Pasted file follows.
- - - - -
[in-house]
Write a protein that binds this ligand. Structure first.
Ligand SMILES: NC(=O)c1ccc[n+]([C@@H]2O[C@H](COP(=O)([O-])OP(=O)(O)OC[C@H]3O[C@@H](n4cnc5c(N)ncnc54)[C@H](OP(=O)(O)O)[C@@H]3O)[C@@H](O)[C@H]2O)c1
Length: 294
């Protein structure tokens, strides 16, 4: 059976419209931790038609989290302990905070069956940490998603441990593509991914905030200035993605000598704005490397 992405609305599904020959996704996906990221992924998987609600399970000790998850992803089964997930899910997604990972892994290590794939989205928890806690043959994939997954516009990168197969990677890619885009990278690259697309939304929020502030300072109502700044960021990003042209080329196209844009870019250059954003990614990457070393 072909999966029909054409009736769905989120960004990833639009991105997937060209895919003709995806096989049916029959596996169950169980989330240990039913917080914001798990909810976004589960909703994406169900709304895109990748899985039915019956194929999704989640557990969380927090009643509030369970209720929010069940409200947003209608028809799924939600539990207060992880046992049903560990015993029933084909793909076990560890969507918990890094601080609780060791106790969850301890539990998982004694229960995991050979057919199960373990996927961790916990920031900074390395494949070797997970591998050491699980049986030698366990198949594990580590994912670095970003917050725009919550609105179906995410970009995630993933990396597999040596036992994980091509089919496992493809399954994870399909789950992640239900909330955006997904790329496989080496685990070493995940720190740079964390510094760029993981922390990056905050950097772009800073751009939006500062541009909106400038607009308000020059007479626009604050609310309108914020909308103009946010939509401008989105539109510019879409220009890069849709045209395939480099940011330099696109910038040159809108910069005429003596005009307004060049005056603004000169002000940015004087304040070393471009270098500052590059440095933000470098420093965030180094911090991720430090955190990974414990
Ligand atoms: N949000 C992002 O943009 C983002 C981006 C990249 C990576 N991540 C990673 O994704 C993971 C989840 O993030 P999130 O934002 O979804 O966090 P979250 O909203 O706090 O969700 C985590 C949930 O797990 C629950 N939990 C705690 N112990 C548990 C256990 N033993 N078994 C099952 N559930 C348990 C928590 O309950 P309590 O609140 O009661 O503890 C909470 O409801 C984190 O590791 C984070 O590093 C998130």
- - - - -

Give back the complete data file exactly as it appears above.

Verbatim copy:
[in-house]
Write a protein that binds this ligand. Structure first.
Ligand SMILES: NC(=O)c1ccc[n+]([C@@H]2O[C@H](COP(=O)([O-])OP(=O)(O)OC[C@H]3O[C@@H](n4cnc5c(N)ncnc54)[C@H](OP(=O)(O)O)[C@@H]3O)[C@@H](O)[C@H]2O)c1
Length: 294
């Protein structure tokens, strides 16, 4: 059976419209931790038609989290302990905070069956940490998603441990593509991914905030200035993605000598704005490397 992405609305599904020959996704996906990221992924998987609600399970000790998850992803089964997930899910997604990972892994290590794939989205928890806690043959994939997954516009990168197969990677890619885009990278690259697309939304929020502030300072109502700044960021990003042209080329196209844009870019250059954003990614990457070393 072909999966029909054409009736769905989120960004990833639009991105997937060209895919003709995806096989049916029959596996169950169980989330240990039913917080914001798990909810976004589960909703994406169900709304895109990748899985039915019956194929999704989640557990969380927090009643509030369970209720929010069940409200947003209608028809799924939600539990207060992880046992049903560990015993029933084909793909076990560890969507918990890094601080609780060791106790969850301890539990998982004694229960995991050979057919199960373990996927961790916990920031900074390395494949070797997970591998050491699980049986030698366990198949594990580590994912670095970003917050725009919550609105179906995410970009995630993933990396597999040596036992994980091509089919496992493809399954994870399909789950992640239900909330955006997904790329496989080496685990070493995940720190740079964390510094760029993981922390990056905050950097772009800073751009939006500062541009909106400038607009308000020059007479626009604050609310309108914020909308103009946010939509401008989105539109510019879409220009890069849709045209395939480099940011330099696109910038040159809108910069005429003596005009307004060049005056603004000169002000940015004087304040070393471009270098500052590059440095933000470098420093965030180094911090991720430090955190990974414990
Ligand atoms: N949000 C992002 O943009 C983002 C981006 C990249 C990576 N991540 C990673 O994704 C993971 C989840 O993030 P999130 O934002 O979804 O966090 P979250 O909203 O706090 O969700 C985590 C949930 O797990 C629950 N939990 C705690 N112990 C548990 C256990 N033993 N078994 C099952 N559930 C348990 C928590 O309950 P309590 O609140 O009661 O503890 C909470 O409801 C984190 O590791 C984070 O590093 C998130």